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Draped in black, the hillside behind the backyards of Red Hawk Drive homes showed the impact of an overnight train derailment.
Tons of coal poured from derailed hoppers. A stand of trees alongside the track appeared to be propping up the silver train cars, keeping them from rolling down the hill.
The scattered shipment covered the earth, mashing small plants and smothering the soil. It’s odd how memories work. Because at first glance, the mess reminded me of Grandpa.
For most of my growing up, a giant pile of coal sat behind my grandfather’s home, which coincidentally is less than two miles down Red Hill Road from the crash site.
Just inside the gate that separated yard from barnyard, a delivery truck periodically dumped a supply of jet-black coal behind the smokehouse and near the chicken roost. One bucket at a time that coal would be loaded and carried inside for heat.
A giant potbelly stove dominated the living room of the woodframe house. In the winter, that room was always warm.
Sometimes, it was the hottest place on earth - particularly for the side of your body facing that stove. Every so often, you needed to switch seats at the checker table in order to warm the other half of your body.
In a house heated by a single fire, you experience sensations akin to a roast in the oven. If you don’t turn, it’s easy to get too done on one side. It might be simultaneously chilly on the other half of your body.
There was no electric blower connected to that stove. No duct work carried heat to other parts of the house. In order to heat the bedrooms or kitchen, humans in the living room had to sweat out December evenings.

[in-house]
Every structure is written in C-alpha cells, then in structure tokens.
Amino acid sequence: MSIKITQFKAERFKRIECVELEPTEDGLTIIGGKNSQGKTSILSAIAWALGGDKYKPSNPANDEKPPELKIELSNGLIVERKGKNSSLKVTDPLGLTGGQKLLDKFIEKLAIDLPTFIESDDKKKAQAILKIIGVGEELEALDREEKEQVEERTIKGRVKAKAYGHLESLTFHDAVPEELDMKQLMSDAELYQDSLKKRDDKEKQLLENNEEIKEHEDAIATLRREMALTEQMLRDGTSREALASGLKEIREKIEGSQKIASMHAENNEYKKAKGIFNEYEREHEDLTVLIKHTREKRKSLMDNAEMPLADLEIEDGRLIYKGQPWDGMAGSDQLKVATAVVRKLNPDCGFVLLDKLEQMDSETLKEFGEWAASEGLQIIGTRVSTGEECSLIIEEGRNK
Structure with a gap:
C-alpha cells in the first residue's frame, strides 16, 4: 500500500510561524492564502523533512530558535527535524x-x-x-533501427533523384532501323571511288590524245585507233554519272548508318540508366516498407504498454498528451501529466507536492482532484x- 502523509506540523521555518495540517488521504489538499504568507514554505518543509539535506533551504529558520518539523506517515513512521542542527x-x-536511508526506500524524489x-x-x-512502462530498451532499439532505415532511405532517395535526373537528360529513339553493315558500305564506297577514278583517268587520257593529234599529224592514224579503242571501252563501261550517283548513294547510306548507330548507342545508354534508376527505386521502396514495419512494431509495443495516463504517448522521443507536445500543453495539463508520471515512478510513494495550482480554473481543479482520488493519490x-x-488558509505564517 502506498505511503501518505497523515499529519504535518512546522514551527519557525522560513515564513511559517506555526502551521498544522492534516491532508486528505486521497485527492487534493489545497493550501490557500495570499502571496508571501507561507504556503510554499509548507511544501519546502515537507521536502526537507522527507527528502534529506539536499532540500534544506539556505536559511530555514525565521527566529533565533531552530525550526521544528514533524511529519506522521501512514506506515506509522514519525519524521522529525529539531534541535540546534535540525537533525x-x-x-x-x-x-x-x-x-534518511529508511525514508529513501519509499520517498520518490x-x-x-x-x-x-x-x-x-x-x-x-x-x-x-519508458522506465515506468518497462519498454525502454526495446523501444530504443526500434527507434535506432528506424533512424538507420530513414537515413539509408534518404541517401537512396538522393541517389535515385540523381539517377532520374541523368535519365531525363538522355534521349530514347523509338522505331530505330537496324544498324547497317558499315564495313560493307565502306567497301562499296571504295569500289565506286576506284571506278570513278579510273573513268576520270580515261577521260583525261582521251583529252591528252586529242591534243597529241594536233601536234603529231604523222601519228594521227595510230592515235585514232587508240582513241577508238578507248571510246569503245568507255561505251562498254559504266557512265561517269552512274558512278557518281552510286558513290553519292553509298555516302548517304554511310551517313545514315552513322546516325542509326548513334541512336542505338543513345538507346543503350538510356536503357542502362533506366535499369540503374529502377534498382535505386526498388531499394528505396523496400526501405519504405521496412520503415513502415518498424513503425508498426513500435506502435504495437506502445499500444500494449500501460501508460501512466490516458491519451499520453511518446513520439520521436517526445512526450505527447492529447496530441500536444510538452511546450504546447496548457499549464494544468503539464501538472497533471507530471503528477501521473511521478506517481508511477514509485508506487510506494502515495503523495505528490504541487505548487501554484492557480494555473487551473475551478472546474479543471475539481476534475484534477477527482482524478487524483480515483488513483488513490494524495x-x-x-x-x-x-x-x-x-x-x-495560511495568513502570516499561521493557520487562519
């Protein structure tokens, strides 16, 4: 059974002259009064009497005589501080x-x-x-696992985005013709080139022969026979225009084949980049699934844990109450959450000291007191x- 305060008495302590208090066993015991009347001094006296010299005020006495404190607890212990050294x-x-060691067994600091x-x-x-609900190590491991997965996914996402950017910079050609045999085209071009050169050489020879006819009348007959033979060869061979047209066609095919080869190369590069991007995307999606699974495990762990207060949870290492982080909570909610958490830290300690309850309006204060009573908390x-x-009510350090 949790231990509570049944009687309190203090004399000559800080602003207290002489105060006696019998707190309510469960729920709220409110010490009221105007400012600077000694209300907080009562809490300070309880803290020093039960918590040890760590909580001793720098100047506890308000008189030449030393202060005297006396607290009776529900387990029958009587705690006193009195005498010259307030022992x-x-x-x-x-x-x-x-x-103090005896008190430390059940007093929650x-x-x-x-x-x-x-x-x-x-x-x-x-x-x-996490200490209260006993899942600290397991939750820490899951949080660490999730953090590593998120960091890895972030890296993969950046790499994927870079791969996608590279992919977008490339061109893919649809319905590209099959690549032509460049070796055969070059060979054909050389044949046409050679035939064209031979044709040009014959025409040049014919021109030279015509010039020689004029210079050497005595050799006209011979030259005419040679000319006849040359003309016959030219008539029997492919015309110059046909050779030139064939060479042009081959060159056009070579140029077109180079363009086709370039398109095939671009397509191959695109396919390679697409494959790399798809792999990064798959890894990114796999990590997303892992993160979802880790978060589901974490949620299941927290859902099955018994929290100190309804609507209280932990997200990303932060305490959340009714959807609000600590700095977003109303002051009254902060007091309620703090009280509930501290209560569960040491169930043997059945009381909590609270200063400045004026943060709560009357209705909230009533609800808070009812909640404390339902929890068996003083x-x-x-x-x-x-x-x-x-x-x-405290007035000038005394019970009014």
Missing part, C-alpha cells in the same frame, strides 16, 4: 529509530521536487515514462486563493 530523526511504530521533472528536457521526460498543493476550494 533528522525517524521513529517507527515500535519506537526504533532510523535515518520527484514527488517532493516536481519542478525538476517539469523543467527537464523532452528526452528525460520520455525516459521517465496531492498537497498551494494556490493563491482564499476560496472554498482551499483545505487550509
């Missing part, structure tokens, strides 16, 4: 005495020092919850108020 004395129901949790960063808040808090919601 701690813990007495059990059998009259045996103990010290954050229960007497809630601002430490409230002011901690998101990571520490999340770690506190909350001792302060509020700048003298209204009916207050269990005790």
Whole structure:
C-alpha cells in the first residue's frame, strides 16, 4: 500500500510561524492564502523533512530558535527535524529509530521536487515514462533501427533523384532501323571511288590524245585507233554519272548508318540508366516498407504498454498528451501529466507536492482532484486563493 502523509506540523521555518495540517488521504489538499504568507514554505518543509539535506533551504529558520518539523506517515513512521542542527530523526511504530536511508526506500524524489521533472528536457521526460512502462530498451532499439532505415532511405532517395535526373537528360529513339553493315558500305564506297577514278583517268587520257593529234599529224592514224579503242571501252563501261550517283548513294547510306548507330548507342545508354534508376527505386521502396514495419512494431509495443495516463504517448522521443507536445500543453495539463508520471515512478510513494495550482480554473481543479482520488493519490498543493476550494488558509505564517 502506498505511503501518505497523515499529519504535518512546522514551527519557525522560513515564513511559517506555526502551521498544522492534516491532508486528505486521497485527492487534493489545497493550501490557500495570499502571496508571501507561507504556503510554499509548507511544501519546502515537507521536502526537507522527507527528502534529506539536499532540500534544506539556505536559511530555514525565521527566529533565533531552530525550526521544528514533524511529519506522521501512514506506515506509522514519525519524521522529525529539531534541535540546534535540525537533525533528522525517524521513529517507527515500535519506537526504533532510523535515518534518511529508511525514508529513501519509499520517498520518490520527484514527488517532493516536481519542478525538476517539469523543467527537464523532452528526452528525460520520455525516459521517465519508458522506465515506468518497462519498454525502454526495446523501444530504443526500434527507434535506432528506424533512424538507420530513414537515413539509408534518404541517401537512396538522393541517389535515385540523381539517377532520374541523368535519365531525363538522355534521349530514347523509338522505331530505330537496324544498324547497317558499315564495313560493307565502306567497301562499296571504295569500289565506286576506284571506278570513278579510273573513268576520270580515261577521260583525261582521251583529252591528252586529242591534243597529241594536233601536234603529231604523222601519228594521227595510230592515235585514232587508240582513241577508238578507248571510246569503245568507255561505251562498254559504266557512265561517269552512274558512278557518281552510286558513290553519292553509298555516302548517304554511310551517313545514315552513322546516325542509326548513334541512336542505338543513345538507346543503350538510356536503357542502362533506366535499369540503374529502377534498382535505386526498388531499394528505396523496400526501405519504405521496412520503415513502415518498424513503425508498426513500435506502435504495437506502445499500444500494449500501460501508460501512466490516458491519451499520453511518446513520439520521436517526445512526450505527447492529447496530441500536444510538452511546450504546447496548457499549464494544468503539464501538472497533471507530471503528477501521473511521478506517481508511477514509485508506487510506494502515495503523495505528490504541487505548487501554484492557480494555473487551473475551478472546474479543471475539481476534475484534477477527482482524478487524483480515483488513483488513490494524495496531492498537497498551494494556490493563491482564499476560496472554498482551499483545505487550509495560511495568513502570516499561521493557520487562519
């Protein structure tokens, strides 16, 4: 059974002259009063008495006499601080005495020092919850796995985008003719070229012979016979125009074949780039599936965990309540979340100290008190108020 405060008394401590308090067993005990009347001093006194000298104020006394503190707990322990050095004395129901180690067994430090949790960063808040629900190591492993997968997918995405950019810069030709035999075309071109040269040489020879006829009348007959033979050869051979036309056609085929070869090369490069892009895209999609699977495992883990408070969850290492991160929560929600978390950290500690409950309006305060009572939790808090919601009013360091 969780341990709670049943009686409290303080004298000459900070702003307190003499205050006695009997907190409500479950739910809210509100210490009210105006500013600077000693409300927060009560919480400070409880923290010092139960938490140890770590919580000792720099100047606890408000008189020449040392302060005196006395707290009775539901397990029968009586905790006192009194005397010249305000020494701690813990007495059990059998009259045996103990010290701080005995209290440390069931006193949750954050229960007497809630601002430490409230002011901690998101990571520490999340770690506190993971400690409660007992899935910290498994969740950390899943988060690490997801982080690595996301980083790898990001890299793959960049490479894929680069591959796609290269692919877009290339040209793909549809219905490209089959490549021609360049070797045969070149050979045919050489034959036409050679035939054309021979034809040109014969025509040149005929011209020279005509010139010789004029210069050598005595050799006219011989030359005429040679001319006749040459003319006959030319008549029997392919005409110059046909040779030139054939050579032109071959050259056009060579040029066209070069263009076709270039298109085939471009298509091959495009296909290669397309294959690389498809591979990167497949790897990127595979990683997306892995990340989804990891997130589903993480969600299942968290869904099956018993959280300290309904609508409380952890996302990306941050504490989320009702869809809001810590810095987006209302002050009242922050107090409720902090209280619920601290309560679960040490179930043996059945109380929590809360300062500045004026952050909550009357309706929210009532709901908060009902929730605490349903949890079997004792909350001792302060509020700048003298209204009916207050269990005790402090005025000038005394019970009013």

Particularly just before bedtime. In order to ensure that the fire kept going all night, it was important to stoke it and get those embers redhot just before everyone turned in.
Coal fueled the fire. We don’t think about coal much any more. It’s critical to Kentucky’s economy but in this central part of the state away from the Appalachian underground veins or the western Kentucky surface mines, coal doesn’t come to mind very often.
The house where my grandparents lived was converted to bottle gas. The dump truck deliveries ended generations ago.
But coal continues to be critical to ensuring this state remains a low-price leader when it comes to electricity production. Every car in that train was carrying coal. Countless others move along tracks through our neighborhoods each week.
Somehow looking at that black hillside of coal, you realize how far we have come and how much we’ve forgotten along the way.
Thanks to an electronic thermostat each room stays at a steady temperature whether it’s spring, summer, fall or winter outside. Obviously, electricity plays a role in that process but because we are separated from cause and effect by suppliers, utility companies and distribution lines, we forget how the process works.
It’s easy to forget how things work and what’s important. I like my climate-controlled comfort but what I wouldn’t give to sit again beside that redhot stove and that checker table with those precious folks.
Ben Sheroan is editor of The News-Enterprise. He can be reached at 270-505-1764 or firstname.lastname@example.org.